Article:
The March / April issue of InPublishing magazine has just been mailed out. Here are some of the takeaways I took from the issue.
- With regards to “fake news”, the original sin goes back to the US Telecommunications Act of 1996 which gave immunity to the digital platforms for what appeared on their platforms.
- Readers of B2B media are people as well as professionals and B2B magazines should connect with them on a human level too.
- 75% of publishers say that they are working to ensure that audience data informs everything they do and are investing in tools to help achieve this.
- One way to measure the potential of a story is to apply the ‘pub test’: would you tell your friends about this story in the pub?
- The ongoing challenges of this and future pandemics, climate change, the ageing population, and multi-morbidities means that academic titles such as BMJ are finding new audiences beyond their traditional readership.
- Given the looming extinction of cookies due to privacy regulations and operating changes in Apple iOS and Google, contextual is the new secret sauce.
- Everyone wants to increase the list size of their newsletter, but this must be about engaged readers.
- More awareness from consumers about privacy and its digital implications means publishers are now holding most of the cards.
- Journalists need to get out more, because it’s so much harder to nurture a relationship with someone you have never met or haven't seen for 18 months.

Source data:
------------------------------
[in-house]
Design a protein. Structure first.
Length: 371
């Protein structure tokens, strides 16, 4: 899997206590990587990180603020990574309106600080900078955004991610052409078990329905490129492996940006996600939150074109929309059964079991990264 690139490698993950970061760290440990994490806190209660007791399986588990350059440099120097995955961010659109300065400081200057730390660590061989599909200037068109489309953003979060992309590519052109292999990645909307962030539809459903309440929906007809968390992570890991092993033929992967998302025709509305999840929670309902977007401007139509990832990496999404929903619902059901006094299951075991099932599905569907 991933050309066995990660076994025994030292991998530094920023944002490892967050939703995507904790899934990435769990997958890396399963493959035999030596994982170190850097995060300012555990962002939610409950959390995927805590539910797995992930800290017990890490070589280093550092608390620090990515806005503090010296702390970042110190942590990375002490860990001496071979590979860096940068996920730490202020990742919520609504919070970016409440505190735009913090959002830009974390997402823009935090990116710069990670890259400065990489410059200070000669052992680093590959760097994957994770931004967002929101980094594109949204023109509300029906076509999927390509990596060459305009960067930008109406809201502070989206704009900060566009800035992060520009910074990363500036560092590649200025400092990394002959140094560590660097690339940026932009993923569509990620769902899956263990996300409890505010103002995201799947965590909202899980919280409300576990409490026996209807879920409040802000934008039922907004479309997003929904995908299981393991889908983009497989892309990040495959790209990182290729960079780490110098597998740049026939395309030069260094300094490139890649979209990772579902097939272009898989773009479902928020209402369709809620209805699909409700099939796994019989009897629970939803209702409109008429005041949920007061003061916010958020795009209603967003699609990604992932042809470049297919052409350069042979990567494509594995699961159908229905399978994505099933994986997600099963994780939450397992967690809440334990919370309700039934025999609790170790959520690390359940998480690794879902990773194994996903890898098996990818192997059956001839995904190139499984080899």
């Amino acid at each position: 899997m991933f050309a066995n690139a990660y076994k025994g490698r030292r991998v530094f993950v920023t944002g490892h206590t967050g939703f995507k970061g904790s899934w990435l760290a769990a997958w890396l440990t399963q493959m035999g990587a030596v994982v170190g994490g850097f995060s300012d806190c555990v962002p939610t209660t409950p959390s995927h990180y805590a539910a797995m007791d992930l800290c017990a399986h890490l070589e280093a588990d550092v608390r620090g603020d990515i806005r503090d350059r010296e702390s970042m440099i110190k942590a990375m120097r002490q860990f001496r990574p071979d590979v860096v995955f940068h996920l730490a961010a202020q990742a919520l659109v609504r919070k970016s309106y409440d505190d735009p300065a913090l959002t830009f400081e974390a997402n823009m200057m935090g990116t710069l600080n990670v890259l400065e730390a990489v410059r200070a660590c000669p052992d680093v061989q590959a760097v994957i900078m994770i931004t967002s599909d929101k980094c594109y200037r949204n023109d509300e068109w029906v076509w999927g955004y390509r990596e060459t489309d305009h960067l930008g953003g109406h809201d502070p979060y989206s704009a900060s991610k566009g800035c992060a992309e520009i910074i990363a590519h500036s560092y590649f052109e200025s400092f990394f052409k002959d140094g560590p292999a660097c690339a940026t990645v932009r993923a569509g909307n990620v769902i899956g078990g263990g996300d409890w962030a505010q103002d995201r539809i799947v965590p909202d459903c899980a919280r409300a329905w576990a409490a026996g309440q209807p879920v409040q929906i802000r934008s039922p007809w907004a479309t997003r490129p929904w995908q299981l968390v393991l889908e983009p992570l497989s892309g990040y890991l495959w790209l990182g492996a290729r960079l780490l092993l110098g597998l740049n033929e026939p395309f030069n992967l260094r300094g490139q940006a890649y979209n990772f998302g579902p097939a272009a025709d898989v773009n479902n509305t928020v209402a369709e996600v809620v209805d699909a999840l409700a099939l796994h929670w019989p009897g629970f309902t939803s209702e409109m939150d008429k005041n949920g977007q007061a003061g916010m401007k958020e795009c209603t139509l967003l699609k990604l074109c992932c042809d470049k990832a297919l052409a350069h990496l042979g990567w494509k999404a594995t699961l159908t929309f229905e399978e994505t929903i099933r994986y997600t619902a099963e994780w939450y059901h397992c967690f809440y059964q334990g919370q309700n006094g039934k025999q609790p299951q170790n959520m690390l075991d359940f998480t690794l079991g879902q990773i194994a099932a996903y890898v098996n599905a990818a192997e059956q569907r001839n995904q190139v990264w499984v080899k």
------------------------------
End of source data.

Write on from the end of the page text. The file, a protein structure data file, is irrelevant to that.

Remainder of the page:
- Driving waste out of the supply chain is one area in which financial self-interest and sustainability intersect.
- Irish golfer Leona Maguire must be a very special player, because she’s the only woman to make it onto any of the front covers in this issue’s spotlight.
- Wall-to-wall war coverage means that other important stories often don’t get a look-in.
- There is an emotional attachment to subscriptions that ties deeply to the unique and differentiated approach of journalism.
- Lifetime Value (LTV) is not a difficult concept to grasp. Most publishing companies say they use it extensively, but few actually do.
If you want to read the full issue, then please register here. Once you’ve completed your registration, you’ll be provided with a link to the digital edition.
You can catch James Evelegh’s regular column in the InPubWeekly newsletter, which you can register to receive here.